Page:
Operator seeks more sole lanes for safety
Hongkong Tramways is seeking more exclusive lanes to reduce the accident rate at black spots - including the junction in Causeway Bay where two trams collided last month.
Because they travel at low speeds, trams are not usually thought of as accident-prone, but last year, the company recorded 200 accidents, one-fifth of them at one black spot, Johnston Road. The incidents ranged from collisions to rough braking that threw passengers around.
While Transport Department figures show that the number of accidents involving trams had declined over the years, the managing director of Hongkong Tramways, Bruno Charrade, said problems at certain areas were getting worse.
'The accident rate in, for example, Johnston Road, is pretty high, as traffic there is chaotic at all times,' he said.
Illegal parking and trucks and cargo vans unloading goods always occupy one of the three lanes on Johnston Road, leaving only two lanes to cope with the heavy traffic coming from Central.
At busy times, vehicles cut into the tram route to overtake other cars, sometimes causing tram drivers to brake heavily.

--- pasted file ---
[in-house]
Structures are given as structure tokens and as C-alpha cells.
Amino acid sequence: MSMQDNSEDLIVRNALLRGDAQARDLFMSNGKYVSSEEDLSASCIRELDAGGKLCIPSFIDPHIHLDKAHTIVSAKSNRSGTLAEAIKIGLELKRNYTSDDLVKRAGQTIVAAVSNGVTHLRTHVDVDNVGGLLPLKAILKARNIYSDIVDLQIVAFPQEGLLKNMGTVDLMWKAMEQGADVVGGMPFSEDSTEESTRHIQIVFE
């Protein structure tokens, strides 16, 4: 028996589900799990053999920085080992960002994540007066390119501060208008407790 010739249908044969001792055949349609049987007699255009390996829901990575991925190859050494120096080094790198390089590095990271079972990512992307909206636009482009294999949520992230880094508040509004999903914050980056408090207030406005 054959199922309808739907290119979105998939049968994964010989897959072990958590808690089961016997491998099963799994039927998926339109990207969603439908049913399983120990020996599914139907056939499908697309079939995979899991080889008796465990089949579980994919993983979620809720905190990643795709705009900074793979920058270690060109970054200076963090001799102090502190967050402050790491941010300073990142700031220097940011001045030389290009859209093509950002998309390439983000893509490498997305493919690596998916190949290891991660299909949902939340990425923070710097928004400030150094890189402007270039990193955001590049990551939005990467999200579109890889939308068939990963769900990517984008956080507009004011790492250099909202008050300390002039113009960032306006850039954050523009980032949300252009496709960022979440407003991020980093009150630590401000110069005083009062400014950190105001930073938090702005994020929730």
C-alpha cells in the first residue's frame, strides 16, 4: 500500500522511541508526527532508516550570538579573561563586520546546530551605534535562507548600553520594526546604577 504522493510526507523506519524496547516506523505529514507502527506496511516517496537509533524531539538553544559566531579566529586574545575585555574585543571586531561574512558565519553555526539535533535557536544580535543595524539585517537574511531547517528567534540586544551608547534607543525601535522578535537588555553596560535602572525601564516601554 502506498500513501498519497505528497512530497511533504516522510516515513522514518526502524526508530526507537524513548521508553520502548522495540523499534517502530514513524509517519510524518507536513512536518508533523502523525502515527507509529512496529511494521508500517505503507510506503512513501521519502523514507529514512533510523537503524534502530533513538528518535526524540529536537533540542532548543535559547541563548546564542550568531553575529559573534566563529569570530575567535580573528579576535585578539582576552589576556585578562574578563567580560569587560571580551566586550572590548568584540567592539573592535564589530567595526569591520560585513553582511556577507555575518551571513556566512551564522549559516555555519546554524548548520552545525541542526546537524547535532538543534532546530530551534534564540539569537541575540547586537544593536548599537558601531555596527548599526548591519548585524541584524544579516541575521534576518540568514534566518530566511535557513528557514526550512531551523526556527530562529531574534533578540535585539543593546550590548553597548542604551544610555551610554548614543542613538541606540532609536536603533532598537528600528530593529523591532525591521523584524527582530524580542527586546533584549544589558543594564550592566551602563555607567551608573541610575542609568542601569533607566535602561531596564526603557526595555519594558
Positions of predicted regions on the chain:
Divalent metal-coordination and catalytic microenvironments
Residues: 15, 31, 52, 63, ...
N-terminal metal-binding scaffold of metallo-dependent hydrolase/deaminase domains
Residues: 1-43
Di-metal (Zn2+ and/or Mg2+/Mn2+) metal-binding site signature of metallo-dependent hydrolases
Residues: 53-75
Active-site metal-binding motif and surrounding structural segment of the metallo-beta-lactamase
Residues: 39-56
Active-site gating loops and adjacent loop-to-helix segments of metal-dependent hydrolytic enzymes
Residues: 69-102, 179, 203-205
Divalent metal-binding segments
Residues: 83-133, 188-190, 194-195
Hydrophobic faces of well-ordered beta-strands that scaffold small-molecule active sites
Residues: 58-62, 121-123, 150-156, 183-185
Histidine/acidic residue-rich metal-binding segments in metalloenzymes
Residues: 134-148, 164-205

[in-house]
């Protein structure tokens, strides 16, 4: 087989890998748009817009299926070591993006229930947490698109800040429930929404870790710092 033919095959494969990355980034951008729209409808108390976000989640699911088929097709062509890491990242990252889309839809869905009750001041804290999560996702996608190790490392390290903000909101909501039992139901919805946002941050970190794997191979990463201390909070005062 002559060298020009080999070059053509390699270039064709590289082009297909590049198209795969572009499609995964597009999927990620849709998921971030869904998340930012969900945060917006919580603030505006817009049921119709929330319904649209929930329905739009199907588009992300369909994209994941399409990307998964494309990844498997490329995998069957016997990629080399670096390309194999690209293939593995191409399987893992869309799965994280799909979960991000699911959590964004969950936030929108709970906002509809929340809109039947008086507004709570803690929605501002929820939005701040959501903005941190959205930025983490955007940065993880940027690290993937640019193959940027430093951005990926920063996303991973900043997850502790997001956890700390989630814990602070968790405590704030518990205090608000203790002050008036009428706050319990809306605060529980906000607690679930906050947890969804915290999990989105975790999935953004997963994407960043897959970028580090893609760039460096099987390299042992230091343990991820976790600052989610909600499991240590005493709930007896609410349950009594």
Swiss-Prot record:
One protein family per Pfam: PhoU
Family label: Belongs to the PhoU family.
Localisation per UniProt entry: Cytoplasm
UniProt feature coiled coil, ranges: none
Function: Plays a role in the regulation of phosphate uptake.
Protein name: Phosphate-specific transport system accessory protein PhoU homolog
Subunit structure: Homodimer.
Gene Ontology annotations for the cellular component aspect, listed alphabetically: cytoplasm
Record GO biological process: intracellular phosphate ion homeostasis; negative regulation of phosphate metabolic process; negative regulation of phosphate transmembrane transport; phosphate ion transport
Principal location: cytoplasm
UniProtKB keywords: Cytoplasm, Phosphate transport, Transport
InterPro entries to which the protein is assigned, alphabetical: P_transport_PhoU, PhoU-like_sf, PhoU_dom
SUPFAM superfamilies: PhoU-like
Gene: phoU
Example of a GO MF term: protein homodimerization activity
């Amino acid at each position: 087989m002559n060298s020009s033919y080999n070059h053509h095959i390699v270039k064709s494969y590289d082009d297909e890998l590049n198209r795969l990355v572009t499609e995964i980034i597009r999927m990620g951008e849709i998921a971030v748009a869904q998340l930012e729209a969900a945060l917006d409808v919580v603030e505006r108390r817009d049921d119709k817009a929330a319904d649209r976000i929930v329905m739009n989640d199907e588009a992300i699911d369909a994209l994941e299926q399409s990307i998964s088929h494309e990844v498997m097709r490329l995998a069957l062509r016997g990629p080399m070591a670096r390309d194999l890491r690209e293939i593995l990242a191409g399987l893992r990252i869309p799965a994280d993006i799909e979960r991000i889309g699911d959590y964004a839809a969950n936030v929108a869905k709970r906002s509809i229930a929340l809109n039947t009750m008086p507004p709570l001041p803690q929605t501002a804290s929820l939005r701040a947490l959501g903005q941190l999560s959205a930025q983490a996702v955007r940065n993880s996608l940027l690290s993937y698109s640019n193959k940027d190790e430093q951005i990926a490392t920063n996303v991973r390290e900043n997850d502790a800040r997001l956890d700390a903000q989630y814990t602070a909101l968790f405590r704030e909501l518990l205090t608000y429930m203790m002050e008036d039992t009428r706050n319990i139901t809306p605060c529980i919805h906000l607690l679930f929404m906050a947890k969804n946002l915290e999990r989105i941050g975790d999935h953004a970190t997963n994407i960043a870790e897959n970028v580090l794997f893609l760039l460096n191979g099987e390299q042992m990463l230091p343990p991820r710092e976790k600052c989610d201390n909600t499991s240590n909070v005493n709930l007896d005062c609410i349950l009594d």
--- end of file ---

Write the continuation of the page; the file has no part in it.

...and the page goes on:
Rumsey Street, Ka On Street, Tin Lok Lane and Percival Street were also identified as black spots.
Charrade said the disappearance of reserved tram lanes had contributed to the problem.
Authorities have continued to open reserved tram lanes to other vehicles over the years - especially around Wan Chai and Fortress Hill - as traffic has increased. Only 43 per cent of the tram line has lanes that are reserved solely for trams.
'We understand many forms of transport are competing for limited road space,' Charrade said. 'We don't want to ask for something unrealistic, but we hope some compromises can be made.'
That included adjustment in certain road regulations, such as banning vehicles from making turns at busy junctions, and giving trams back their priority at critical junctions.